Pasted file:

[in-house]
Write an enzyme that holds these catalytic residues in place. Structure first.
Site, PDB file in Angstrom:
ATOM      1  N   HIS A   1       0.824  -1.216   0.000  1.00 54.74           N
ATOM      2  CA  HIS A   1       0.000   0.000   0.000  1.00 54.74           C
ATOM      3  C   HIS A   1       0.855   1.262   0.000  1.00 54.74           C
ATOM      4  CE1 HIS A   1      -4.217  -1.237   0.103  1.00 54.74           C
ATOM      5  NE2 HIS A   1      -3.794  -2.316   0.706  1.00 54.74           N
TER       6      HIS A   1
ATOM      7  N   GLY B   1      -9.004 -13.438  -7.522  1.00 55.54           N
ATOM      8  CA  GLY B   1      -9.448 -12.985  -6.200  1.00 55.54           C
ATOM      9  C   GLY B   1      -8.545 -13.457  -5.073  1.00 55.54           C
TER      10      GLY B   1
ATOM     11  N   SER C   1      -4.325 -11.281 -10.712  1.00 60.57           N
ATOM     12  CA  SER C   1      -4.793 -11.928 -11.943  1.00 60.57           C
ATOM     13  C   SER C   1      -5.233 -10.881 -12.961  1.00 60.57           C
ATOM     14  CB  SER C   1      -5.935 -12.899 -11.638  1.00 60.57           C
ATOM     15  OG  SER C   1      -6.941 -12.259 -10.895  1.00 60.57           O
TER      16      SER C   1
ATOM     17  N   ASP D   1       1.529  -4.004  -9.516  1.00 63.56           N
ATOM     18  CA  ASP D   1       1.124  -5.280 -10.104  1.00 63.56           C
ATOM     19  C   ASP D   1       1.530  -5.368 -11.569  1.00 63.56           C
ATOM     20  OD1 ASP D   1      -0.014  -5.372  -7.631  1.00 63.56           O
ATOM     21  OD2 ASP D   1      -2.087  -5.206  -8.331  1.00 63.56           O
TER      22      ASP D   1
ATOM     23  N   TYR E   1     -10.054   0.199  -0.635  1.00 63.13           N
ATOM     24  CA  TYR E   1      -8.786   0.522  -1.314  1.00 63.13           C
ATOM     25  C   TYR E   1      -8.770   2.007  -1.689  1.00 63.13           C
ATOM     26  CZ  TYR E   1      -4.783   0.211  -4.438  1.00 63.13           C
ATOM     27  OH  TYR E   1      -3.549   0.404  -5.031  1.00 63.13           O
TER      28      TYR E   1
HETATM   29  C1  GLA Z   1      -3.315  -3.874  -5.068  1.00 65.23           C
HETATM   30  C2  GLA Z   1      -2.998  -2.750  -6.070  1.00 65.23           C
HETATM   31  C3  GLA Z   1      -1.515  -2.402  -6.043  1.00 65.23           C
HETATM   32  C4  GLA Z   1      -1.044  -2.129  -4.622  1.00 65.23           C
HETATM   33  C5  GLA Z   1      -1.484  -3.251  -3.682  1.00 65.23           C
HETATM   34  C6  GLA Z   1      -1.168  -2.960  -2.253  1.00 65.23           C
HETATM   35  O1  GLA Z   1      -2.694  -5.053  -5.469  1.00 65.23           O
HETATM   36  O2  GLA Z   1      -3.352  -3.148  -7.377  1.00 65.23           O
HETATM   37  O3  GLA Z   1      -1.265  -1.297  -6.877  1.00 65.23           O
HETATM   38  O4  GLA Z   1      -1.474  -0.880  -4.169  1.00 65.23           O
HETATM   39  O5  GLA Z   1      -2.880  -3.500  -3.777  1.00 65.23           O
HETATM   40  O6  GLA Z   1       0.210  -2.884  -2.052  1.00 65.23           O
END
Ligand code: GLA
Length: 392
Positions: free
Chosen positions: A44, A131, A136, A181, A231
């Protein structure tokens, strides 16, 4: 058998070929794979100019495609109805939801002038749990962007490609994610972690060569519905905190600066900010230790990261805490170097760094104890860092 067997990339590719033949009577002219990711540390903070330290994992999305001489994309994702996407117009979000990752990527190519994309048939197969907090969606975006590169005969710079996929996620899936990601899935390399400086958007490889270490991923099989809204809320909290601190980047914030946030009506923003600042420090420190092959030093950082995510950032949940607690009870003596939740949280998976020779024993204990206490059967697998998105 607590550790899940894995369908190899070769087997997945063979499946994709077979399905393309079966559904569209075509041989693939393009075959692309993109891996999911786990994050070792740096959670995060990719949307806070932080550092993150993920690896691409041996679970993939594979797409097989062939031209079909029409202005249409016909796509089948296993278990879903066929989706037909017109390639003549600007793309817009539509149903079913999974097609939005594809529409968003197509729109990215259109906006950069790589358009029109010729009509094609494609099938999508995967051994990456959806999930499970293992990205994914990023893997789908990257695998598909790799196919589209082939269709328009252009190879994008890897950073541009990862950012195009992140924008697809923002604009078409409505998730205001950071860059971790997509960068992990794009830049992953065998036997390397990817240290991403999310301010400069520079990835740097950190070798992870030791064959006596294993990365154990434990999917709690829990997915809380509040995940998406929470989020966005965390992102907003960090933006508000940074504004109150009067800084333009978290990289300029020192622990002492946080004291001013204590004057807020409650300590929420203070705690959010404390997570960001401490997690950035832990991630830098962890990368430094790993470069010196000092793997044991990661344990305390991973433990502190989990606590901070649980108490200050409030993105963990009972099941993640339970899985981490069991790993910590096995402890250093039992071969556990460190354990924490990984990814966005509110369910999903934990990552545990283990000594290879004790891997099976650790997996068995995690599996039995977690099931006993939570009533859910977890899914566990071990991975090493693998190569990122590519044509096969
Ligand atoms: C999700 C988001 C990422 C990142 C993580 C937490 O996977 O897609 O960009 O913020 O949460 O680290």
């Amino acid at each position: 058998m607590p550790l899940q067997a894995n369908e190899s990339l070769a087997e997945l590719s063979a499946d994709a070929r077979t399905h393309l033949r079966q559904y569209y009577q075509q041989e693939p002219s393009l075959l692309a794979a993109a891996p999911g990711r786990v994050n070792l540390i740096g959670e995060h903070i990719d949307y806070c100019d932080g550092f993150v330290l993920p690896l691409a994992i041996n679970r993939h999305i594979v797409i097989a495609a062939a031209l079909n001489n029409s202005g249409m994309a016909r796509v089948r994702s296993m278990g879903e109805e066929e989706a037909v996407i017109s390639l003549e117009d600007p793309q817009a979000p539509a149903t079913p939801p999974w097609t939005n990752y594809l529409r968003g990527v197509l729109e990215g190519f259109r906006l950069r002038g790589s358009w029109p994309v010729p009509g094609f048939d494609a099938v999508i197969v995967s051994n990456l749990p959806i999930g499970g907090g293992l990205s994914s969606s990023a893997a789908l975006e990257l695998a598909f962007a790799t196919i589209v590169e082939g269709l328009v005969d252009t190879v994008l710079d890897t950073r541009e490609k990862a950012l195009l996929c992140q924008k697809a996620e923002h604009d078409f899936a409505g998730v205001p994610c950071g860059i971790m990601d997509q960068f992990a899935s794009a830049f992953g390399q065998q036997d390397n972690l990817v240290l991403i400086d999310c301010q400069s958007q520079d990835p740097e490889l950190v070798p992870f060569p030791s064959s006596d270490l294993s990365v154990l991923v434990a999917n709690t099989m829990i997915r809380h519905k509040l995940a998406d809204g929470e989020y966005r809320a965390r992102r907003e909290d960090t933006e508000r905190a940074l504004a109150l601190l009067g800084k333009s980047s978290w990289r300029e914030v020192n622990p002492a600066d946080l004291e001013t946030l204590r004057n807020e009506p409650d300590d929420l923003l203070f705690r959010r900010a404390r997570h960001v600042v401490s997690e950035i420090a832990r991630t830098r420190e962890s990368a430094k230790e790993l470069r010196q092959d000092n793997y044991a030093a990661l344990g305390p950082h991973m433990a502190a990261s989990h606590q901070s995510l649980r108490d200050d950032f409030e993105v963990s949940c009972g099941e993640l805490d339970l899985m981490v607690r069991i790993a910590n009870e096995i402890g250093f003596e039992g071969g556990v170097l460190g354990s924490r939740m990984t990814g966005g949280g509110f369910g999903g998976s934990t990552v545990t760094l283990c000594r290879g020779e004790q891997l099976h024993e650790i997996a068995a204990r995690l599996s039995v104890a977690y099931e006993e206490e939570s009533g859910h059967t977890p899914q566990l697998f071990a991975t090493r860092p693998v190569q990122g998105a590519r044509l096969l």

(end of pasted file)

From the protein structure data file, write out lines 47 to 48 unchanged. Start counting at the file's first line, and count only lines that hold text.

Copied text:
Positions: free
Chosen positions: A44, A131, A136, A181, A231